A brilliant shot-stopper and equally adept in claiming high balls into his box, Kahn was more notable for what he termed "positive aggression". In a 2-2 draw with Borussia Dortmund in April 1999, he squared up to Heiko Herrlich and appeared to nibble his cheek, before rushing off his line and only just missing Stephane Chapuisat with a wild kung-fu kick.

"I often use my body language to show my team 'complete presence' – and to instil respect, or even better fear, in my opponents," Kahn said. "Goalkeepers need an element of insanity.”

Watch: A tactical analysis of Kahn and Neuer

When he hung up his gloves for good at the age of 38 in 2008, that ‘insanity’ had translated into silverware galore (eight Bundesliga titles, six DFB Cups and one UEFA Champions League in which he saved the decisive penalty), as well as countless records, including 204 league clean sheets.

His replacement may not have been immediate – although Hans-Jörg Butt did a superb job in his three years as first choice – but when Manuel Neuer became available in 2011, Bayern did not hesitate.

Now in his 11th season at the club, Neuer has also followed in Kahn’s footsteps as captain but has gone further in that he is widely regarded as the finest goalkeeper ever to play the game, revolutionising the role with his interpretation as a ‘sweeper-keeper’, while stockpiling honours and records of his own. And he’s far from done yet.

Philipp Lahm
Games: 517
Goals: 16
Years at Bayern: 2002-2017

Pep Guardiola once described Philipp Lahm as “the most intelligent player I’ve ever coached,” while Jupp Heynckes hailed him as “one of the greatest ever players in Bundesliga history”. And who are we to disagree with two of Bayern’s most successful coaches?

After joining the club as a 12-year-old in 1995, Lahm went on to establish himself in the first team following a two-year loan spell at VfB Stuttgart.

He may have been just 5’7”, but what Lahm lacked in height he more than made up for with his positioning, will to win and reading of the game. After starting out as a left-back he eventually switched over to the right, regularly contributing to attacks with overlapping runs but never neglecting his defensive duties. He even morphed into a world-class defensive midfielder in the latter stages of his career.

Watch: Kimmich following in Lahm’s footsteps

An eight-time Bundesliga winner, he also lifted the DFB Cup on six occasions as well as captaining Bayern through their treble-winning 2013 campaign, and leading Germany to the 2014 FIFA World Cup

So when he retired in 2017 there was understandably some concern as to what Bayern would do without him. They needn’t have worried. In Joshua Kimmich they already had a ready-made replacement on the books.

Just 22 at the time, Kimmich was already a full Germany international, having been signed under Guardiola’s reign. Famed for his never-say-die attitude as much as his composure on the ball and eye for a pass, Kimmich slotted right in for the 2017/18 season. So much so, in fact, that all the talk of filling Lahm’s shoes was quickly forgotten.

‘Robbery’: Arjen Robben and Franck Ribery
Games: 425 (Ribery), 309 (Robben)
Goals: 124 (Ribery), 144 (Robben)
Years at Bayern: 2007-2019 (Ribery), 2009-2019 (Robben)

Arguably the best wing pairing ever, Arjen Robben and Franck Ribery defined a decade at Bayern, their double-trouble pincer-like approaches more often than not proving too much for defences to handle and earning the duo the nickname ‘Robbery’ in the process.

Both blessed with pace, skill and tricks in abundance, right-footed Ribery favoured the left wing, while left-footed Robben was inverted on the right. Indeed, the Dutchman became famous for his trademark move: jinking down the wing before cutting inside onto his stronger foot and curling a shot into the far corner. Defenders knew it was coming but could do little to stop it.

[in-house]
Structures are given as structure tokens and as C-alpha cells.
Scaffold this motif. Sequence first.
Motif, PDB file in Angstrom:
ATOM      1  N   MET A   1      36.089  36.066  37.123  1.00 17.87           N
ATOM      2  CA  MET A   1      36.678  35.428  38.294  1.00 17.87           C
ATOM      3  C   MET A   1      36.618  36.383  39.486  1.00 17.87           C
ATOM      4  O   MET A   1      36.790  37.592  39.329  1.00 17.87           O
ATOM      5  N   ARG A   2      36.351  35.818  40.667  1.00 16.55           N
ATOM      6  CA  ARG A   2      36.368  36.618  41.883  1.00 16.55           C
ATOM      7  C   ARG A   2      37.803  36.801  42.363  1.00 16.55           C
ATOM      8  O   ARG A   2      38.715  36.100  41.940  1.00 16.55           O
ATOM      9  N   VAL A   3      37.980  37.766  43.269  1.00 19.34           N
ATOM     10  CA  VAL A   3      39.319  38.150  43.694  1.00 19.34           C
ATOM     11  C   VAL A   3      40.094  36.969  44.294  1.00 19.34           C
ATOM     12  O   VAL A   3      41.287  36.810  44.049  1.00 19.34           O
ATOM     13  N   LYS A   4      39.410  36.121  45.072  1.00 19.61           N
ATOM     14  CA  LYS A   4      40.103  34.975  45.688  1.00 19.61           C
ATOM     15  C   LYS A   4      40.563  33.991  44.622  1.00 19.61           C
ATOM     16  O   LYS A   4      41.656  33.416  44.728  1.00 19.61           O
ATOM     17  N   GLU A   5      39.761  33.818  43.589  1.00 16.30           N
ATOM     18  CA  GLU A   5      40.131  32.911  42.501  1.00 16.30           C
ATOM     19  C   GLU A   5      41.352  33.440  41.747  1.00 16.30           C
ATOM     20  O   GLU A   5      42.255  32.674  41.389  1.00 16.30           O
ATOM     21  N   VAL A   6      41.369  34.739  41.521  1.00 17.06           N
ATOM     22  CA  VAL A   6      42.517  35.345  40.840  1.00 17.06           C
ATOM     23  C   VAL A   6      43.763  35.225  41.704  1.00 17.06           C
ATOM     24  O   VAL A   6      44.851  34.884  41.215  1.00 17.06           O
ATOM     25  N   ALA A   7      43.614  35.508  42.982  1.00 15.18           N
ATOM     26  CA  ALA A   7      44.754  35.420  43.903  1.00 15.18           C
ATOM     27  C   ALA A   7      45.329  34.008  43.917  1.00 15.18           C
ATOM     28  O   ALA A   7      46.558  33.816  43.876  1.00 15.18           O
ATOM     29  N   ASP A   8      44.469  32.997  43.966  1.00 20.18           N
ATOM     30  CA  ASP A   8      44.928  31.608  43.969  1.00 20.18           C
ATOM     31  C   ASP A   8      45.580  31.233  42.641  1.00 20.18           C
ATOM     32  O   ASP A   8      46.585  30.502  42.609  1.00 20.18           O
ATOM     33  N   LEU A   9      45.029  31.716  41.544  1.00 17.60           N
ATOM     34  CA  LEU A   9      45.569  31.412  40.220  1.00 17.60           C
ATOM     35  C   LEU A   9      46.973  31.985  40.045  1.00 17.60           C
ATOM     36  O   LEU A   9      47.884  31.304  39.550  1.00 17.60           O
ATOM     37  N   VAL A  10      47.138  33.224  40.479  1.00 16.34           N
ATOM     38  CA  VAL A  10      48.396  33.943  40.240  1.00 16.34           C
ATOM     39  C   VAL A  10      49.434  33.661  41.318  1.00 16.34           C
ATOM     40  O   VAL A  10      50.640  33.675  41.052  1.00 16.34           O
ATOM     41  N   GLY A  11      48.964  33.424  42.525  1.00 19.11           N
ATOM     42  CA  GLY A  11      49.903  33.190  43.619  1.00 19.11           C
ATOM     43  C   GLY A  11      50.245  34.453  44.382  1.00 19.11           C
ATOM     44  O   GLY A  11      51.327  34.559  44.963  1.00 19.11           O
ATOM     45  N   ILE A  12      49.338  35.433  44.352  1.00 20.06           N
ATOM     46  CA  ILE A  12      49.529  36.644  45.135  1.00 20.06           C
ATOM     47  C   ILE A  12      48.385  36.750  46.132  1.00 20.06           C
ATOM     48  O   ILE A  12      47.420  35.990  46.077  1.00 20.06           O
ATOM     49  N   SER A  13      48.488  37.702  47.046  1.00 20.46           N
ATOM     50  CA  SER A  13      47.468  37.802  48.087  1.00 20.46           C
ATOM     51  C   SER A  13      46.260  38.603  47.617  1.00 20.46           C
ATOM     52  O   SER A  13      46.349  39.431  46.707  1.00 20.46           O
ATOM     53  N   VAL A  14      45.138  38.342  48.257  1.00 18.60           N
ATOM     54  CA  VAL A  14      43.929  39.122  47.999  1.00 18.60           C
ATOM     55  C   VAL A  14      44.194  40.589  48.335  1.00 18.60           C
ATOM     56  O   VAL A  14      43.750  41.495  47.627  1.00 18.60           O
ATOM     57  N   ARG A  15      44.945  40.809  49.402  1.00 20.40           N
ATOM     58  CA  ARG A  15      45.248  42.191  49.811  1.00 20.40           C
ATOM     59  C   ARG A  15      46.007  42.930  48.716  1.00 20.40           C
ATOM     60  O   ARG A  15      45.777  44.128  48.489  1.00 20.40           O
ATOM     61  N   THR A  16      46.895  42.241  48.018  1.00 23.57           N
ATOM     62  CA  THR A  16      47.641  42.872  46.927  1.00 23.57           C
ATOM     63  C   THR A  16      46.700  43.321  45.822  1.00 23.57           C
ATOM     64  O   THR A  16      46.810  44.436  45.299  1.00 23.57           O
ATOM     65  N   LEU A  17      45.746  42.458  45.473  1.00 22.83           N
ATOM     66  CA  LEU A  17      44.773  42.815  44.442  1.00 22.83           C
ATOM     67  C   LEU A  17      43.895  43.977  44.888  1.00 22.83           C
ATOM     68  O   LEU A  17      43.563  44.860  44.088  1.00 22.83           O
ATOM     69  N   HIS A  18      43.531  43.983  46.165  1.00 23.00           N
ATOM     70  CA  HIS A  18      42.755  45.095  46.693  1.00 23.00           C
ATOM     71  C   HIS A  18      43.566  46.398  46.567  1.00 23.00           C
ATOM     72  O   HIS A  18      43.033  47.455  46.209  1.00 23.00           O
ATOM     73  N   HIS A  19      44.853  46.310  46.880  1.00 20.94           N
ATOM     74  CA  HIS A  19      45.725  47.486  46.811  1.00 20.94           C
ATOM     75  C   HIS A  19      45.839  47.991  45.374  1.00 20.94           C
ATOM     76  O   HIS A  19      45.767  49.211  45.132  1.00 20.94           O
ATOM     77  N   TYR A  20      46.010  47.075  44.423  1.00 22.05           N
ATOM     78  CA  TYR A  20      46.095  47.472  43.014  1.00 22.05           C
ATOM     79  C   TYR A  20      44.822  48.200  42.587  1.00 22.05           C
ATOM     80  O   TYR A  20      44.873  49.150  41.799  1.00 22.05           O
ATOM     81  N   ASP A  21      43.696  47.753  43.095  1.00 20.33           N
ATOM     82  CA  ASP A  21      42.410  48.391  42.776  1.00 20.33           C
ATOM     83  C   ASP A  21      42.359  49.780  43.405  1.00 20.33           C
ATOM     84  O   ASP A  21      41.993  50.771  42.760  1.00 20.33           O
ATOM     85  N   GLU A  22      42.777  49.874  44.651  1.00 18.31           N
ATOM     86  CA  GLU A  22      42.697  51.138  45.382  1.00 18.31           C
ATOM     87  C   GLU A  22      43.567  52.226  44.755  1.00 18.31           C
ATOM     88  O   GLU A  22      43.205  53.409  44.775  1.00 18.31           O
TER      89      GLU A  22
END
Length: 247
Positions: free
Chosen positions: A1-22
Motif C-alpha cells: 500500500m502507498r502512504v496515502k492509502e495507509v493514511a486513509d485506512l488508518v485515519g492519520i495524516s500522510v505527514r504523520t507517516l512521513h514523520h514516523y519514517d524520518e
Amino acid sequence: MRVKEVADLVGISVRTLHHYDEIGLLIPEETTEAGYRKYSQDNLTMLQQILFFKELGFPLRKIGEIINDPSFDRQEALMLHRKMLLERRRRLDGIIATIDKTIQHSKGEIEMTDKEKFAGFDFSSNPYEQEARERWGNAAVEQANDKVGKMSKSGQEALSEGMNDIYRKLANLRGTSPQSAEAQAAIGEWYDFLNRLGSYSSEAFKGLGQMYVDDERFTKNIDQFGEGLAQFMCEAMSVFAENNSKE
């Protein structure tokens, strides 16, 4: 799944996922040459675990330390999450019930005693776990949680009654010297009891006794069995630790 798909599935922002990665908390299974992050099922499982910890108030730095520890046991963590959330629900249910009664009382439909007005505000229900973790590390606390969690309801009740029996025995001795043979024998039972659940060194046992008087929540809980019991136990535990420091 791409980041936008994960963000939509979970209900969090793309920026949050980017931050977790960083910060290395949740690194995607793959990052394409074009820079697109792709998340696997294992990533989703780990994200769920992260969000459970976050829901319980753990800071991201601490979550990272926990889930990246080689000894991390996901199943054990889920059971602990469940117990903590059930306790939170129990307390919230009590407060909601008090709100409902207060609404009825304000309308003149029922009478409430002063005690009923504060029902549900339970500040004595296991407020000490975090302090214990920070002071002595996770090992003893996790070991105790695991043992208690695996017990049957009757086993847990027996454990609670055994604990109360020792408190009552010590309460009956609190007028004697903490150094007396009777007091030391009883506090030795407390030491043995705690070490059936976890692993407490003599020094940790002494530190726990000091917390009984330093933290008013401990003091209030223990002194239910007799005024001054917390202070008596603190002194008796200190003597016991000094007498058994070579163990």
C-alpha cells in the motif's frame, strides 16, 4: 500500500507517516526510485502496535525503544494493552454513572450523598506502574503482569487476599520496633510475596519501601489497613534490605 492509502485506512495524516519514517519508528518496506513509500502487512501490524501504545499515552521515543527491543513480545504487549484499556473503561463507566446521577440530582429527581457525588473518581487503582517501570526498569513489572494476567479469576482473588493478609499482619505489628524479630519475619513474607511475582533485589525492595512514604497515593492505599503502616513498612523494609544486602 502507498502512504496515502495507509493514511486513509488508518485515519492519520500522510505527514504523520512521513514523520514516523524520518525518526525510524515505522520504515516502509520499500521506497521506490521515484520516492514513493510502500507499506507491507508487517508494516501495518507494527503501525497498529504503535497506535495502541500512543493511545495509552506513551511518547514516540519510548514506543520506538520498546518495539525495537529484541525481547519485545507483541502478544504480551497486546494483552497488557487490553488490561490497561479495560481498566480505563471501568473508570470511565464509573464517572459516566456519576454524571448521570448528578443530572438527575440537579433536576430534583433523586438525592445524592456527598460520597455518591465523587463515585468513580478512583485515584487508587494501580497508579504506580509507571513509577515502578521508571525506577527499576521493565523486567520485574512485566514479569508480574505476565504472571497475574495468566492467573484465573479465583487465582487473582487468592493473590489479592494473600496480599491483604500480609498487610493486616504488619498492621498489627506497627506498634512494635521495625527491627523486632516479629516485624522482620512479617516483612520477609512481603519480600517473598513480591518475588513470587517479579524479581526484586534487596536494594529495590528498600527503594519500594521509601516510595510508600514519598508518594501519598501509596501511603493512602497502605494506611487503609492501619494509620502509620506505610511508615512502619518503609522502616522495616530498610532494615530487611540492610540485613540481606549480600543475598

Watch: Robbery’s top 5 goals

So good were they, in fact, that both were first-team regulars well into their mid-30s. They left the club at the end of the 2018/19 season as serial Bundesliga champions and DFB Cup winners, while Ribery provided the assist for Robben to score the winner in the 2013 Champions League final triumph over Dortmund.

Without their supply line, where would Bayern’s goals come from? How would they break down deep-lying, compact and stubborn backlines? Once again, any such concerns have since proved to be unfounded.

Kingsley Coman, Serge Gnabry and Leroy Sane have taken up the mantle, keeping Bayern’s grip on the Meisterschale as tight as ever, while it was Coman who scored the winner as Bayern won the Champions League in 2020.

Last season alone, Gnabry registered 14 league goals and five assists, while Coman (six / two) and Sane (seven / seven) were also regular contributors. It will come as no surprise, then, that the former duo both extended their contract with Bayern last season, while Sane, who joined in summer 2020, already has a long-term deal of his own.

Robert Lewandowski
Games: 375
Goals: 344
Years at Bayern: 2014-2022

Lewandowski goes down as one of the all-time Bayern greats, having plundered goals galore during his eight-year stint in Munich. The most prolific foreign-born scorer in the Bundesliga and second only to Gerd Müller in the all-time chart, the Polish sharpshooter will not be easy to replace.

Yet in Julian Nagelsmann they have a tactically astute head coach famed for experimenting with his line-ups to find new solutions. And in Sadio Mane, Thomas Müller, Coman, Gnabry, Sane and Jamal Musiala, among others, he is not short of options to work with.

Watch: All 312 of Lewandowski’s Bundesliga goals

“We have a lot of attacking players who are very flexible,” said sporting director Hasan Salihamidzic in response to how the side will adapt to a post-Lewandowski transition.

“We need to find 40 to 50 direct goal involvements and the other lads will need to step up, but it can also give them freedom. The coach feels very comfortable with the players at his disposal right now.”

So while Bayern and the Bundesliga will miss Lewandowski’s goals, history has shown time and again that someone invariably steps up when needed. Now it is just a question of who.